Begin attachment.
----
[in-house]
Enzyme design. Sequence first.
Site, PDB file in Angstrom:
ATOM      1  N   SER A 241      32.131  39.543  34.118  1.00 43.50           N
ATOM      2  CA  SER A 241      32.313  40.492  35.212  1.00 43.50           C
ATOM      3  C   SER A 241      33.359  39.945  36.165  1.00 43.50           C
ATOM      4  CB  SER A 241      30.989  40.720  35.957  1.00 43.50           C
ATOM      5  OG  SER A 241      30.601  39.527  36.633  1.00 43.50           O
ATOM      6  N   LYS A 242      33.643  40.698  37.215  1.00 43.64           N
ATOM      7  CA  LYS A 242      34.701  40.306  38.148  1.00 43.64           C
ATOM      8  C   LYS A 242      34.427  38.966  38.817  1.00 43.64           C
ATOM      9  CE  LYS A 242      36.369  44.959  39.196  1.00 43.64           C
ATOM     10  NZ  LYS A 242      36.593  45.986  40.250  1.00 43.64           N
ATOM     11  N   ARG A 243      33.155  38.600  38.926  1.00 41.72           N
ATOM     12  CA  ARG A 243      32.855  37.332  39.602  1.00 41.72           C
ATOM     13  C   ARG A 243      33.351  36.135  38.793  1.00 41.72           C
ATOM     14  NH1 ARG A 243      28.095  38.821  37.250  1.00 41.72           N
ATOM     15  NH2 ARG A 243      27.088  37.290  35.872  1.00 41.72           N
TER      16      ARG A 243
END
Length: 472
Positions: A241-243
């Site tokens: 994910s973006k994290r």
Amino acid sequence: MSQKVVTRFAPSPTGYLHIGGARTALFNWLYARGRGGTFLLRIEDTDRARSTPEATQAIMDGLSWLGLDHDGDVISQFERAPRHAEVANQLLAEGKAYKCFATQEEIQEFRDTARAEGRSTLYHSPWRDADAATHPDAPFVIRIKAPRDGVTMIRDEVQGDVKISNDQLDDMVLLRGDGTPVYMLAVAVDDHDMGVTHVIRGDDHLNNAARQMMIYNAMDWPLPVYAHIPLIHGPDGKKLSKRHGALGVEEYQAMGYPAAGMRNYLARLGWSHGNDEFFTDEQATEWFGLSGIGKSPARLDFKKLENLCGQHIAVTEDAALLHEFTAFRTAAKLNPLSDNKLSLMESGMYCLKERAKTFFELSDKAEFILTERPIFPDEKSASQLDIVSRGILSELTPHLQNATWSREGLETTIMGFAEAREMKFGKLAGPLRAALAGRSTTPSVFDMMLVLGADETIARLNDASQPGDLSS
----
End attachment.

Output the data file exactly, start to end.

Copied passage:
[in-house]
Enzyme design. Sequence first.
Site, PDB file in Angstrom:
ATOM      1  N   SER A 241      32.131  39.543  34.118  1.00 43.50           N
ATOM      2  CA  SER A 241      32.313  40.492  35.212  1.00 43.50           C
ATOM      3  C   SER A 241      33.359  39.945  36.165  1.00 43.50           C
ATOM      4  CB  SER A 241      30.989  40.720  35.957  1.00 43.50           C
ATOM      5  OG  SER A 241      30.601  39.527  36.633  1.00 43.50           O
ATOM      6  N   LYS A 242      33.643  40.698  37.215  1.00 43.64           N
ATOM      7  CA  LYS A 242      34.701  40.306  38.148  1.00 43.64           C
ATOM      8  C   LYS A 242      34.427  38.966  38.817  1.00 43.64           C
ATOM      9  CE  LYS A 242      36.369  44.959  39.196  1.00 43.64           C
ATOM     10  NZ  LYS A 242      36.593  45.986  40.250  1.00 43.64           N
ATOM     11  N   ARG A 243      33.155  38.600  38.926  1.00 41.72           N
ATOM     12  CA  ARG A 243      32.855  37.332  39.602  1.00 41.72           C
ATOM     13  C   ARG A 243      33.351  36.135  38.793  1.00 41.72           C
ATOM     14  NH1 ARG A 243      28.095  38.821  37.250  1.00 41.72           N
ATOM     15  NH2 ARG A 243      27.088  37.290  35.872  1.00 41.72           N
TER      16      ARG A 243
END
Length: 472
Positions: A241-243
């Site tokens: 994910s973006k994290r």
Amino acid sequence: MSQKVVTRFAPSPTGYLHIGGARTALFNWLYARGRGGTFLLRIEDTDRARSTPEATQAIMDGLSWLGLDHDGDVISQFERAPRHAEVANQLLAEGKAYKCFATQEEIQEFRDTARAEGRSTLYHSPWRDADAATHPDAPFVIRIKAPRDGVTMIRDEVQGDVKISNDQLDDMVLLRGDGTPVYMLAVAVDDHDMGVTHVIRGDDHLNNAARQMMIYNAMDWPLPVYAHIPLIHGPDGKKLSKRHGALGVEEYQAMGYPAAGMRNYLARLGWSHGNDEFFTDEQATEWFGLSGIGKSPARLDFKKLENLCGQHIAVTEDAALLHEFTAFRTAAKLNPLSDNKLSLMESGMYCLKERAKTFFELSDKAEFILTERPIFPDEKSASQLDIVSRGILSELTPHLQNATWSREGLETTIMGFAEAREMKFGKLAGPLRAALAGRSTTPSVFDMMLVLGADETIARLNDASQPGDLSS